Nov. 01–CLEVELAND, Ohio — The nation’s largest independent electric grid manager today said the fuel power plants use will become increasingly important for grid stability in the future as natural gas replaces coal and nuclear plants.
PJM Interconnection, the independent grid manager in Ohio, 12 other states and the District of Columbia, released the initial results of an intensive analysis into “fuel resiliency” and its impact on the grid both now and five years into the future.
PJM has no standards for resiliency, but instead focuses on reliability. In this case, PJM tried to look at the threats to extended operation of the grid serving 65 million people as coal and nuclear power plants continue to shut down in the face of much less expensive power from gas turbine plants.
“I think there are actions we will need to take related to valuing fuel security,” said Andrew Ott, president and CEO of PJM, during a news conference to announce the study results.
He said the study found that it is possible — though not likely — that over-reliance on natural gas power plants during extreme winter weather could lead to problems as early as 2023 because of the anticipated future shutdowns of coal and nuclear plants.
His comments were an indication that PJM has been trying to come to terms with assertions by FirstEnergy and its former power plant subsidiary FirstEnergy Solutions that PJM has not properly priced the value that coal and nuclear plants bring to the grid because they can store fuel on-site.
But Ott insisted that the power markets can address the problem rather than the heavy hand of government, a reference to FirstEnergy’s efforts to persuade President Trump’s administration to intervene in competitive markets.
Six months in the making, the analysis relies on computer simulations of 300 scenarios involving multiple events including continued coal and nuclear plant shutdowns, extremely cold weather, gas pipeline problems, fuel oil shortages for oil-burning plants, and attacks on the power grid itself.
“Overall the findings do show that the system can withstand an extended period of stress while remaining reliable and fuel-secure in most circumstances,” Ott said.
But that robust quality that has characterized the PJM system for decades could fail under a mix of extreme circumstances, the digital simulations show.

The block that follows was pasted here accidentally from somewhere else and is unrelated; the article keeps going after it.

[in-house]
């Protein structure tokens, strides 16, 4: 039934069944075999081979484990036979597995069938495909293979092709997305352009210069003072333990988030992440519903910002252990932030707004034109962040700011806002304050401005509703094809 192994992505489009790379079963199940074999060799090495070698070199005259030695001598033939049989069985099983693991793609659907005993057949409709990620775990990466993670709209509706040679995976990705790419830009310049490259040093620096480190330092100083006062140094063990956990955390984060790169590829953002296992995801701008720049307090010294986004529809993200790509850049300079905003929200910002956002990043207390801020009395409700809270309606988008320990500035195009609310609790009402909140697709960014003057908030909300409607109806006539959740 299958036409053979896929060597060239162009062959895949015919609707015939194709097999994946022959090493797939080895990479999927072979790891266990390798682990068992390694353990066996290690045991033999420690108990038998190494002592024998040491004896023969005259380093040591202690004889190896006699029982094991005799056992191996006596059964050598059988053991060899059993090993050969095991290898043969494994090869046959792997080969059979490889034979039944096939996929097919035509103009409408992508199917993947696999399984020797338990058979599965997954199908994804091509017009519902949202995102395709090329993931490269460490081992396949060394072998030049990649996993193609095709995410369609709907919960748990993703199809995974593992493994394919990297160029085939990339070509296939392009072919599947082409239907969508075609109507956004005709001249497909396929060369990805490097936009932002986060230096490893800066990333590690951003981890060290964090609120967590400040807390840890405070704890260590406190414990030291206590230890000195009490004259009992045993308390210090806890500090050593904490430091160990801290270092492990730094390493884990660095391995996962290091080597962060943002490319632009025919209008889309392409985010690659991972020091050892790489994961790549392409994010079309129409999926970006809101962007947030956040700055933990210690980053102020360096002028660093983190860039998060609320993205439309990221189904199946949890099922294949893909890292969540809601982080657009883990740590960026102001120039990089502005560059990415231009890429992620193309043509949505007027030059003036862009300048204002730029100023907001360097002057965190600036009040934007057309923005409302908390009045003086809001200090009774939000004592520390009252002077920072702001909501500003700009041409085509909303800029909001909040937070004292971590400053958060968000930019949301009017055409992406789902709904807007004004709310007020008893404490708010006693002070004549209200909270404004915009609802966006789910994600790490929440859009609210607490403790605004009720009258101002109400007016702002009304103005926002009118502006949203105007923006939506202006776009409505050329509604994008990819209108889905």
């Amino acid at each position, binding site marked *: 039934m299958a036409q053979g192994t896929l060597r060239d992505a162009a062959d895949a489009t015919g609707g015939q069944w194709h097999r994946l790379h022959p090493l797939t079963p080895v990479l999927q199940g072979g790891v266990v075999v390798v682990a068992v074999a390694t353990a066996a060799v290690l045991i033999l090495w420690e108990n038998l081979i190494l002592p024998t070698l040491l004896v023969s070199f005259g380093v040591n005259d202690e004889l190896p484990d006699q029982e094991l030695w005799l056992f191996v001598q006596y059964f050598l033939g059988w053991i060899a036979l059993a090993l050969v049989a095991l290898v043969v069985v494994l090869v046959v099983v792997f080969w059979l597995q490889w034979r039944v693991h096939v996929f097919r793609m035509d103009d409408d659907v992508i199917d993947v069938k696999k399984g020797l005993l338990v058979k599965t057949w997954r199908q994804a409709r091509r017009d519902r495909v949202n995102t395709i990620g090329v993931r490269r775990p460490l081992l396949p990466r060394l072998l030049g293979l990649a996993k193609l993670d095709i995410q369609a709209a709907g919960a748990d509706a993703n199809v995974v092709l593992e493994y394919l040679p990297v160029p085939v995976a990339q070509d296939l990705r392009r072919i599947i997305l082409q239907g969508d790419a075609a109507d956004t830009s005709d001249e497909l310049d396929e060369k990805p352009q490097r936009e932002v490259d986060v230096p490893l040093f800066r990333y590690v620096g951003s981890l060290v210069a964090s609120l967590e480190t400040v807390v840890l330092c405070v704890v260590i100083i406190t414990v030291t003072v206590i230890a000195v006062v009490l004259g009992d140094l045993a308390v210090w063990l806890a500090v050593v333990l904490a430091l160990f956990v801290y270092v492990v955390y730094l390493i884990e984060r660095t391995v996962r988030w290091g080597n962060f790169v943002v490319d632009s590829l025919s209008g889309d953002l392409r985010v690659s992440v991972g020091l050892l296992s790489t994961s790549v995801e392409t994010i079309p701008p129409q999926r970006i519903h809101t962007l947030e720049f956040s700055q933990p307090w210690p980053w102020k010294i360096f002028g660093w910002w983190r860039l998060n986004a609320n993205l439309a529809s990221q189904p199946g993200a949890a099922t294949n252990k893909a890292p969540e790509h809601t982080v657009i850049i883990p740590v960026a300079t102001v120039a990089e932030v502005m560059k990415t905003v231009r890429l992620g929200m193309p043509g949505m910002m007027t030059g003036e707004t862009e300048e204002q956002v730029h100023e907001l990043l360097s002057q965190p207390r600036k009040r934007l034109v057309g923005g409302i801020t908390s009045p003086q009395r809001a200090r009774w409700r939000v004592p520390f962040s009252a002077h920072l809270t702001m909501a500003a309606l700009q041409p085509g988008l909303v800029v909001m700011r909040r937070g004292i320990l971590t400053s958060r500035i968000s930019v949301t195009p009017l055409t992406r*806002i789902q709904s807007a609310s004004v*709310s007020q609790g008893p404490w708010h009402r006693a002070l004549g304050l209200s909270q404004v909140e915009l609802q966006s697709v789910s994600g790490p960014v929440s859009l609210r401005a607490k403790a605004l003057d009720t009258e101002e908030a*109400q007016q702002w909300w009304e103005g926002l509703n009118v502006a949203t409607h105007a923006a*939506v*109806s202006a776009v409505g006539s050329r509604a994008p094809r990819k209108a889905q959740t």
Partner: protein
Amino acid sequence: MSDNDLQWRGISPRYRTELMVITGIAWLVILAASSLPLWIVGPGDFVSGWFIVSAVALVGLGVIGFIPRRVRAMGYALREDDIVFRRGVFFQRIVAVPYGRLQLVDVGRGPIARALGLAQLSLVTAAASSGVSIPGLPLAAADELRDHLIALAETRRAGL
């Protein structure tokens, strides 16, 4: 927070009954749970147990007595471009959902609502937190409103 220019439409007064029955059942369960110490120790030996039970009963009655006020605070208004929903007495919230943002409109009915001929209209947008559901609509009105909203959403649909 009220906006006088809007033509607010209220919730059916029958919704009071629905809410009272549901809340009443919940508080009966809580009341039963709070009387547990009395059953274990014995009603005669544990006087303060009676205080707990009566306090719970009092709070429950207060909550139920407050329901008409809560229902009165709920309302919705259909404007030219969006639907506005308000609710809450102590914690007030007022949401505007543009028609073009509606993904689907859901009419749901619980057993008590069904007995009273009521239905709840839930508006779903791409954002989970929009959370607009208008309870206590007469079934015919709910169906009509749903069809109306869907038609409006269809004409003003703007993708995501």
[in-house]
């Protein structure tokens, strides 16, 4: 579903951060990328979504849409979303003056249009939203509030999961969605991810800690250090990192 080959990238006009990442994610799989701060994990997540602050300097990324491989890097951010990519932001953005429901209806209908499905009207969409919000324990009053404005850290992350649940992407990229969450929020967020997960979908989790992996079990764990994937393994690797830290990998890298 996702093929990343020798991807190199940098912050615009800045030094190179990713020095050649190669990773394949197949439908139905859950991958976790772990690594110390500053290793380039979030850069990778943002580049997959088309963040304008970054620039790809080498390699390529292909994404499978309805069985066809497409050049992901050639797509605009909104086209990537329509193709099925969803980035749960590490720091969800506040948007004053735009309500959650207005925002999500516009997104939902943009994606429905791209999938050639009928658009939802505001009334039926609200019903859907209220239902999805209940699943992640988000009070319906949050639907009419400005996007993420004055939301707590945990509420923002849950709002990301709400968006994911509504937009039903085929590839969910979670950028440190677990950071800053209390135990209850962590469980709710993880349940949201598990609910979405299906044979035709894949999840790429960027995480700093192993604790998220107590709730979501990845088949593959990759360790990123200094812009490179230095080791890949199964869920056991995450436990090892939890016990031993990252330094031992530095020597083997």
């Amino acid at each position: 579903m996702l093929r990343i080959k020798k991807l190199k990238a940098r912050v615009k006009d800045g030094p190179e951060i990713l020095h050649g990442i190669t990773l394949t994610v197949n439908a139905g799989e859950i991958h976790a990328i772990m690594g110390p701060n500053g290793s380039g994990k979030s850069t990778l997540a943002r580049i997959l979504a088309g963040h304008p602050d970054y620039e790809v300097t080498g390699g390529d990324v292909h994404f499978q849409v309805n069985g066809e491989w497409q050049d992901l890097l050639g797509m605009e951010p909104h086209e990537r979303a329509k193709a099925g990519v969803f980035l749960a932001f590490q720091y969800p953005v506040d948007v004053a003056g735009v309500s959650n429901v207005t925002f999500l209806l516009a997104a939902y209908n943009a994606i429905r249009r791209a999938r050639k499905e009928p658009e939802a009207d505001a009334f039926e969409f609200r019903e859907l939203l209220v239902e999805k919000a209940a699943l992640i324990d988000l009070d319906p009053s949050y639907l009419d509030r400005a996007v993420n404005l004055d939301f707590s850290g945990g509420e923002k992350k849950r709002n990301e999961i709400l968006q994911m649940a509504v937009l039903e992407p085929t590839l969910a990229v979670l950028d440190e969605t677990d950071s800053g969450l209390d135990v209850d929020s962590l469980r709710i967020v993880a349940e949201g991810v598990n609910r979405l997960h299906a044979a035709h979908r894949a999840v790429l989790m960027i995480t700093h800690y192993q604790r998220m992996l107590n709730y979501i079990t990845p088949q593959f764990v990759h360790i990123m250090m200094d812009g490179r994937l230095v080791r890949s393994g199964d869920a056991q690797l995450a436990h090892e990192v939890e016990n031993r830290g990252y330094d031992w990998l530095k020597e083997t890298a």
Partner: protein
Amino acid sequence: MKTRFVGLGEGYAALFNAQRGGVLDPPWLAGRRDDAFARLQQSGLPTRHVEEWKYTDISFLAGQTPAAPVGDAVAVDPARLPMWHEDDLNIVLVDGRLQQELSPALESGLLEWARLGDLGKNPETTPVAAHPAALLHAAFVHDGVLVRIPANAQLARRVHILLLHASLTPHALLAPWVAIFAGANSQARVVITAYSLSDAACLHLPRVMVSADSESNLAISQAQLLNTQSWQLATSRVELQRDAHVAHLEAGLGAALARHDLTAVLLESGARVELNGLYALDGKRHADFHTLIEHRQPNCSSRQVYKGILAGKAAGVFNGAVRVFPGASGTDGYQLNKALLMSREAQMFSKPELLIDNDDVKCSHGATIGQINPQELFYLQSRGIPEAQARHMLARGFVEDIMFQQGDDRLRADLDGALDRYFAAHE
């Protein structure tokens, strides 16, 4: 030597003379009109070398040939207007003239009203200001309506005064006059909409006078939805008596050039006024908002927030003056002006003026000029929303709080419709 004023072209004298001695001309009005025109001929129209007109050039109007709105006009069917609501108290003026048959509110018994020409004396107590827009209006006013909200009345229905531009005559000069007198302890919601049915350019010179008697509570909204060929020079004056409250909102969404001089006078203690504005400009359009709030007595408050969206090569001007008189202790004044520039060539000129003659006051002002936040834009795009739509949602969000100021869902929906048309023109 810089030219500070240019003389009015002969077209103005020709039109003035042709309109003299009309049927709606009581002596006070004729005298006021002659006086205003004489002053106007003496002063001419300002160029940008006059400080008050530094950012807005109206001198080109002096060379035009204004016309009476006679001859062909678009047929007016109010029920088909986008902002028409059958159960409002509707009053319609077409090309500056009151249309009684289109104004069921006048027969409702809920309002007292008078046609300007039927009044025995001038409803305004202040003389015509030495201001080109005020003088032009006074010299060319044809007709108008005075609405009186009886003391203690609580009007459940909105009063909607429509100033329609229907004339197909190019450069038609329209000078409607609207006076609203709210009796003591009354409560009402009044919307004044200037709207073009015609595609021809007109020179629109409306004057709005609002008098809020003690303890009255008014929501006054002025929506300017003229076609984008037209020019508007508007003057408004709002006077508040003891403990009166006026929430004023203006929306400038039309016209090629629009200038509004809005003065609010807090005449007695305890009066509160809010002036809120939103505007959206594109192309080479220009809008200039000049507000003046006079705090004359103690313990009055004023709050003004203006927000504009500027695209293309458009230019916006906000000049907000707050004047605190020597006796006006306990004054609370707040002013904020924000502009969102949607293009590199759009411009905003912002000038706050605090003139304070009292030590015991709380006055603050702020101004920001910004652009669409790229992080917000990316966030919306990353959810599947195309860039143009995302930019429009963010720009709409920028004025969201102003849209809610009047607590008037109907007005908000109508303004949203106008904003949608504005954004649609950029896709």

“We stressed the system to look at extreme — but plausible — scenarios,” said Ott. “They could occur. We do see a risk that we could get into situations where we couldn’t meet all the demand under certain circumstances.
“While we don’t have a problem today, or tomorrow, as we look into the future we will be looking to analyze this [failure], discuss the risk, discuss the assumptions… and make an assessment of the type of actions we need to take,” Ott said.
And those actions will be not be made until PJM members hash out the possible fixes — and the costs, said Michael Bryson, vice president of operations and one of the authors of the intensive study.
“Whatever steps we put in place has to be cost effective for consumers. We are not looking to overbuild. We’ll be engaging stakeholders,” he said, referring to PJM member utilities and power producers. “Very vibrant discussions today,” he said of the first discussions early Thursday morning. Our target is to work with stakeholders and work through 2019 to come up with solutions.
“We will also continue to work with gas pipelines. We have been doing that for the past couple of years,” Bryson said, stressing that pipeline companies are not PJM members. “I think one of the side benefits for PJM in doing this analysis is that we really got to roll up our sleeves with the natural gas industries.”
He said the analysis also revealed that PJM needs a lot more information about the fuel oil industry and its role in supplying gas turbine plants that are designed to run either on natural gas or fuel oil and store the fuel oil onsite. Such “dual fuel” plants are an answer to the charge that gas turbine plants are only as reliable as the pipelines feeding them.
Many of the new highly efficient gas turbine plants have “firm contacts,” meaning their gas suppliers have guaranteed they will receive fuel in extreme events.
Bryson said the gas turbine fleet currently has a total generating capacity of 74,000 megawatts, but that plants supplying 16,000 megawatts of that total do not have firm contracts.
He said PJM has considered requiring new gas turbine plants to have firm contracts or dual fuel capability.
The release of the study comes as the Federal Energy Regulatory Commission continues to look into the same issue, an issue stoked by coal mine owner Robert Murray and FirstEnergy and FirstEnergy Solutions. They have argued that coal-burning power plants and nuclear plants are inherently more reliable because they can store fuel onsite for months.
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